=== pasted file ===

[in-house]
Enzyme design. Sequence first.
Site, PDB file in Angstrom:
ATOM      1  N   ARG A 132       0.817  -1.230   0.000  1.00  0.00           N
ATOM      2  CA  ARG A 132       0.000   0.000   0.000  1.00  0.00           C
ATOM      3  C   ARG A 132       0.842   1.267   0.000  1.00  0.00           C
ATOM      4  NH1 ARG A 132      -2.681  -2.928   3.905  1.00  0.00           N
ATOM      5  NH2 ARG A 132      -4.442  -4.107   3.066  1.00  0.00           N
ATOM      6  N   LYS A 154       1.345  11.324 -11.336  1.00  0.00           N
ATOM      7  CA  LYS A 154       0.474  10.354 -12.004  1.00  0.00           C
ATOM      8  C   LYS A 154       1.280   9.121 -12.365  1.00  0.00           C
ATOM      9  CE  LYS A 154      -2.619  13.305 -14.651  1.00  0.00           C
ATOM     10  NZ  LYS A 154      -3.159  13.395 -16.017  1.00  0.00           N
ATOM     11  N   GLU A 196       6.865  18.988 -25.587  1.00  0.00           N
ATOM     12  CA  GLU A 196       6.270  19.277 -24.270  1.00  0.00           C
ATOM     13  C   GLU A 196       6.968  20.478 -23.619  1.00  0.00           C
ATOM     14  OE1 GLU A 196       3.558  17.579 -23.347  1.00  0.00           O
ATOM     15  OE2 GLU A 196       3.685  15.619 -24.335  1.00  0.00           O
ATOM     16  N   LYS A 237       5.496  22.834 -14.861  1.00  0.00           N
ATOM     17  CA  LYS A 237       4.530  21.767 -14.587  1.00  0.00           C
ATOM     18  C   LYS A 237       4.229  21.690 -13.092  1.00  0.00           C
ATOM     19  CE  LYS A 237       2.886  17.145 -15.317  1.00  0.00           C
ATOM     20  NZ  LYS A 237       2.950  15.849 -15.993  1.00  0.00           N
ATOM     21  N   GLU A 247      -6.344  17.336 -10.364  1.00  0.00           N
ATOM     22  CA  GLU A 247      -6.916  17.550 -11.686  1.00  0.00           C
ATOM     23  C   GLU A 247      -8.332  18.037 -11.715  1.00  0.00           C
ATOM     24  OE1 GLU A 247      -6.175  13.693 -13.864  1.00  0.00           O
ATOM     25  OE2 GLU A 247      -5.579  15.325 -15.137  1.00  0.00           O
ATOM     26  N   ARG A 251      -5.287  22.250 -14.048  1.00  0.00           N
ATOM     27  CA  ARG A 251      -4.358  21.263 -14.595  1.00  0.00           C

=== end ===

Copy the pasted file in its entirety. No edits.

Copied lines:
[in-house]
Enzyme design. Sequence first.
Site, PDB file in Angstrom:
ATOM      1  N   ARG A 132       0.817  -1.230   0.000  1.00  0.00           N
ATOM      2  CA  ARG A 132       0.000   0.000   0.000  1.00  0.00           C
ATOM      3  C   ARG A 132       0.842   1.267   0.000  1.00  0.00           C
ATOM      4  NH1 ARG A 132      -2.681  -2.928   3.905  1.00  0.00           N
ATOM      5  NH2 ARG A 132      -4.442  -4.107   3.066  1.00  0.00           N
ATOM      6  N   LYS A 154       1.345  11.324 -11.336  1.00  0.00           N
ATOM      7  CA  LYS A 154       0.474  10.354 -12.004  1.00  0.00           C
ATOM      8  C   LYS A 154       1.280   9.121 -12.365  1.00  0.00           C
ATOM      9  CE  LYS A 154      -2.619  13.305 -14.651  1.00  0.00           C
ATOM     10  NZ  LYS A 154      -3.159  13.395 -16.017  1.00  0.00           N
ATOM     11  N   GLU A 196       6.865  18.988 -25.587  1.00  0.00           N
ATOM     12  CA  GLU A 196       6.270  19.277 -24.270  1.00  0.00           C
ATOM     13  C   GLU A 196       6.968  20.478 -23.619  1.00  0.00           C
ATOM     14  OE1 GLU A 196       3.558  17.579 -23.347  1.00  0.00           O
ATOM     15  OE2 GLU A 196       3.685  15.619 -24.335  1.00  0.00           O
ATOM     16  N   LYS A 237       5.496  22.834 -14.861  1.00  0.00           N
ATOM     17  CA  LYS A 237       4.530  21.767 -14.587  1.00  0.00           C
ATOM     18  C   LYS A 237       4.229  21.690 -13.092  1.00  0.00           C
ATOM     19  CE  LYS A 237       2.886  17.145 -15.317  1.00  0.00           C
ATOM     20  NZ  LYS A 237       2.950  15.849 -15.993  1.00  0.00           N
ATOM     21  N   GLU A 247      -6.344  17.336 -10.364  1.00  0.00           N
ATOM     22  CA  GLU A 247      -6.916  17.550 -11.686  1.00  0.00           C
ATOM     23  C   GLU A 247      -8.332  18.037 -11.715  1.00  0.00           C
ATOM     24  OE1 GLU A 247      -6.175  13.693 -13.864  1.00  0.00           O
ATOM     25  OE2 GLU A 247      -5.579  15.325 -15.137  1.00  0.00           O
ATOM     26  N   ARG A 251      -5.287  22.250 -14.048  1.00  0.00           N
ATOM     27  CA  ARG A 251      -4.358  21.263 -14.595  1.00  0.00           C